A May decision by the state Board of Land and Natural Resources to maintain a ban on aquarium fish collection off West Hawaii was recently upheld by the state Environmental Council.
The council’s decision effectively leaves intact a moratorium on commercial aquarium collection along the Kona and Kohala coasts. It also affirms the board’s 7-0 rejection of an environmental impact statement produced by aquarium fishers to reopen West Hawaii’s coastal waters to 10 commercial aquarium fishermen.
“The industry used faulty data and failed to consider cumulative impacts to the environment, including how the effects of climate change interact with the severe losses of herbivore abundance to this wildlife trade,” said Rene Umberger, executive director of For the Fishes, a reef wildlife advocacy group. “Thankfully, the council agreed with the land board and did the right thing under the law.”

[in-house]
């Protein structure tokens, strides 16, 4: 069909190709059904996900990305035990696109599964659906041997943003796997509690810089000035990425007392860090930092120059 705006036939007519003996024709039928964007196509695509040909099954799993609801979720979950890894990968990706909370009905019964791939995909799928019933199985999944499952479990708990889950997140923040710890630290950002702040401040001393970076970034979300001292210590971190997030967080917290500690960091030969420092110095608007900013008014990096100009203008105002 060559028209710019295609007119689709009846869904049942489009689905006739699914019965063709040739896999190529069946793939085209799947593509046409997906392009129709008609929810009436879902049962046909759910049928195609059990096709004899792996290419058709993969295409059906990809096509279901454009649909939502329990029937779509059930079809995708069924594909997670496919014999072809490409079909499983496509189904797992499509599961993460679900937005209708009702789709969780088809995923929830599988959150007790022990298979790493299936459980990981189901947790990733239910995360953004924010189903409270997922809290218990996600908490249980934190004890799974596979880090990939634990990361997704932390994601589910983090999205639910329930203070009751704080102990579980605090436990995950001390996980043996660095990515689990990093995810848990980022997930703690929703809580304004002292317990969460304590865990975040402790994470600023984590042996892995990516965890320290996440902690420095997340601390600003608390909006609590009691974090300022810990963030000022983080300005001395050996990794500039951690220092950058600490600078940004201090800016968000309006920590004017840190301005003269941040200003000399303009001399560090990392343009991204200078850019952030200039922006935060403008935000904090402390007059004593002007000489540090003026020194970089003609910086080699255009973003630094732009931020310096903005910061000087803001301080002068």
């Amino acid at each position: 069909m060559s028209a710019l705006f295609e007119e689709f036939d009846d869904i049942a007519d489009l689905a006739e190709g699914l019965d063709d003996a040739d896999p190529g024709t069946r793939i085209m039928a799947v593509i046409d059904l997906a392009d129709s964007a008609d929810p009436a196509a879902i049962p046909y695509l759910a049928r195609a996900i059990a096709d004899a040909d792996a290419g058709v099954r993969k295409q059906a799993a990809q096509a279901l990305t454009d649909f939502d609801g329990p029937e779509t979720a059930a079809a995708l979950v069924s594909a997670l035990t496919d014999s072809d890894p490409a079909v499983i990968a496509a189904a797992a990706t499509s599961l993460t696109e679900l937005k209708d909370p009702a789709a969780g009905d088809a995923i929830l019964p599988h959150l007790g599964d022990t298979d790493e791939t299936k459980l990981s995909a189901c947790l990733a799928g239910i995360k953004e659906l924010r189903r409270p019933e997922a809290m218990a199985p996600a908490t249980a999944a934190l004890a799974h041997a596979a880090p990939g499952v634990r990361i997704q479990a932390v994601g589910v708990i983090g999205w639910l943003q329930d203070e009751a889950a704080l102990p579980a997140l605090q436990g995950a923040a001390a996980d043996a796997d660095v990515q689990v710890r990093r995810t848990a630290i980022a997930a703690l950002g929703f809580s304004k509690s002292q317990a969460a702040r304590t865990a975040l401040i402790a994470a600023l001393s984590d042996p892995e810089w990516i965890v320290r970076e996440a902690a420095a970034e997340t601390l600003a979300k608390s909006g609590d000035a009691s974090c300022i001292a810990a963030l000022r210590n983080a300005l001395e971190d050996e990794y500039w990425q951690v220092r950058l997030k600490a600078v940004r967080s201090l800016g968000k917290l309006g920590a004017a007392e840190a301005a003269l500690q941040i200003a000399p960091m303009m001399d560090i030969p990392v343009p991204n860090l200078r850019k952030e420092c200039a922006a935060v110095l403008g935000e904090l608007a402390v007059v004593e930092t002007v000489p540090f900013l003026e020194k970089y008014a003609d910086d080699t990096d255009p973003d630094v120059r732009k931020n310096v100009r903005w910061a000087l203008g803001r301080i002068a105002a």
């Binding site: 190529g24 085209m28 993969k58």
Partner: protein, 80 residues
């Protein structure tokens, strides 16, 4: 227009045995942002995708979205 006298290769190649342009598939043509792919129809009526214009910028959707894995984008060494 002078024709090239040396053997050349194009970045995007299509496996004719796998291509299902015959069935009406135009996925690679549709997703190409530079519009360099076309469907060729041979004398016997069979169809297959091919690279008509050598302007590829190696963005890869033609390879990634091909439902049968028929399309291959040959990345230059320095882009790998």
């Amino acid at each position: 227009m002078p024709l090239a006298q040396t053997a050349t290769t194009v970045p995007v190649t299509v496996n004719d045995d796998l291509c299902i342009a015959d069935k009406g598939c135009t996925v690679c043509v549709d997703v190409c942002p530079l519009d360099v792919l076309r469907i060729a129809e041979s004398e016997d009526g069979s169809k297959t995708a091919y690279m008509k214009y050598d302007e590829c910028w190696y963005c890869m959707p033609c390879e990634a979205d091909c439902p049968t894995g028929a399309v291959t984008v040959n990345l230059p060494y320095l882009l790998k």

The EIS produced by the Pet Industry Joint Advisory Council suggested issuing permits to 10 commercial aquarium fishers inside the West Hawaii Regional Fishery Management Area (WHRFMA). The only proposed bag limit was for Achilles tang, while slot limits were posed for certain sizes of yellow tang and kole. A lack of data regarding the number of fish that would be removed was of particular concern to the BLNR.
The Hawaii Supreme Court halted aquarium fishing on Sept. 6, 2017 by ruling collection without environmental review violates the Hawaii Environmental Policy Act; no permits have been issued for the WHRFMA since.